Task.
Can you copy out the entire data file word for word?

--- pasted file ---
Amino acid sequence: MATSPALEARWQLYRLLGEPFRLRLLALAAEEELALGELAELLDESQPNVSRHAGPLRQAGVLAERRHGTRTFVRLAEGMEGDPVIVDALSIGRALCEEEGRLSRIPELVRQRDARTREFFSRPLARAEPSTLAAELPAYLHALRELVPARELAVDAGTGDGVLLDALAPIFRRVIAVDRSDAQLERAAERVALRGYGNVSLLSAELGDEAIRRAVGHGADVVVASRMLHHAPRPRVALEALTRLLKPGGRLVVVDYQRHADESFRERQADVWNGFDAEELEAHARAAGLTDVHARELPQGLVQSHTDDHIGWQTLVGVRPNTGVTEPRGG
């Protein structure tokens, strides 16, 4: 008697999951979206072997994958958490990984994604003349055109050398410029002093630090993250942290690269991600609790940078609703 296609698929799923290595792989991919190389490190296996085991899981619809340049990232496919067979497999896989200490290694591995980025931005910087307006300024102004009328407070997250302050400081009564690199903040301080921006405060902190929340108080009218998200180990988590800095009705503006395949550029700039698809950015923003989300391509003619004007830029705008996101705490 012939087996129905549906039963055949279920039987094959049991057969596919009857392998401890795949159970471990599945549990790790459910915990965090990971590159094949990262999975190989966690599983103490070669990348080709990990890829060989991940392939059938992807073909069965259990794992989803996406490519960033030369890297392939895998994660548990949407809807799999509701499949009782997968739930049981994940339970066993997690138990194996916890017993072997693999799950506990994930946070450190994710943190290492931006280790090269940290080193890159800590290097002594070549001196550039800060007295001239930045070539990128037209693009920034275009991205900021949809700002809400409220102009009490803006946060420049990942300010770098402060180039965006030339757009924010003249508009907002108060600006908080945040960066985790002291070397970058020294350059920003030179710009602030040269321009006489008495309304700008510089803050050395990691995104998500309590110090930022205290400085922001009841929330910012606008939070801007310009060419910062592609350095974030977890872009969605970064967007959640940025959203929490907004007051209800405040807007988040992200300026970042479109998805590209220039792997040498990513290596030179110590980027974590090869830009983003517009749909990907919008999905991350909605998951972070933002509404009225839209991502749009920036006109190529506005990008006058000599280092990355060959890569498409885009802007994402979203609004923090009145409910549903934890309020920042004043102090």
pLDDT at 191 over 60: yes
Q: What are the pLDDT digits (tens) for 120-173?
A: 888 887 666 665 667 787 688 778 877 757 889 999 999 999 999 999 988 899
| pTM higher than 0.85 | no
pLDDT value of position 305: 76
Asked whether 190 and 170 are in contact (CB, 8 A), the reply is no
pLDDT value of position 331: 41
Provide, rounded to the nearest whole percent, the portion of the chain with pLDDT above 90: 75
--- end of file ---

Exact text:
Amino acid sequence: MATSPALEARWQLYRLLGEPFRLRLLALAAEEELALGELAELLDESQPNVSRHAGPLRQAGVLAERRHGTRTFVRLAEGMEGDPVIVDALSIGRALCEEEGRLSRIPELVRQRDARTREFFSRPLARAEPSTLAAELPAYLHALRELVPARELAVDAGTGDGVLLDALAPIFRRVIAVDRSDAQLERAAERVALRGYGNVSLLSAELGDEAIRRAVGHGADVVVASRMLHHAPRPRVALEALTRLLKPGGRLVVVDYQRHADESFRERQADVWNGFDAEELEAHARAAGLTDVHARELPQGLVQSHTDDHIGWQTLVGVRPNTGVTEPRGG
């Protein structure tokens, strides 16, 4: 008697999951979206072997994958958490990984994604003349055109050398410029002093630090993250942290690269991600609790940078609703 296609698929799923290595792989991919190389490190296996085991899981619809340049990232496919067979497999896989200490290694591995980025931005910087307006300024102004009328407070997250302050400081009564690199903040301080921006405060902190929340108080009218998200180990988590800095009705503006395949550029700039698809950015923003989300391509003619004007830029705008996101705490 012939087996129905549906039963055949279920039987094959049991057969596919009857392998401890795949159970471990599945549990790790459910915990965090990971590159094949990262999975190989966690599983103490070669990348080709990990890829060989991940392939059938992807073909069965259990794992989803996406490519960033030369890297392939895998994660548990949407809807799999509701499949009782997968739930049981994940339970066993997690138990194996916890017993072997693999799950506990994930946070450190994710943190290492931006280790090269940290080193890159800590290097002594070549001196550039800060007295001239930045070539990128037209693009920034275009991205900021949809700002809400409220102009009490803006946060420049990942300010770098402060180039965006030339757009924010003249508009907002108060600006908080945040960066985790002291070397970058020294350059920003030179710009602030040269321009006489008495309304700008510089803050050395990691995104998500309590110090930022205290400085922001009841929330910012606008939070801007310009060419910062592609350095974030977890872009969605970064967007959640940025959203929490907004007051209800405040807007988040992200300026970042479109998805590209220039792997040498990513290596030179110590980027974590090869830009983003517009749909990907919008999905991350909605998951972070933002509404009225839209991502749009920036006109190529506005990008006058000599280092990355060959890569498409885009802007994402979203609004923090009145409910549903934890309020920042004043102090």
pLDDT at 191 over 60: yes
Q: What are the pLDDT digits (tens) for 120-173?
A: 888 887 666 665 667 787 688 778 877 757 889 999 999 999 999 999 988 899
| pTM higher than 0.85 | no
pLDDT value of position 305: 76
Asked whether 190 and 170 are in contact (CB, 8 A), the reply is no
pLDDT value of position 331: 41
Provide, rounded to the nearest whole percent, the portion of the chain with pLDDT above 90: 75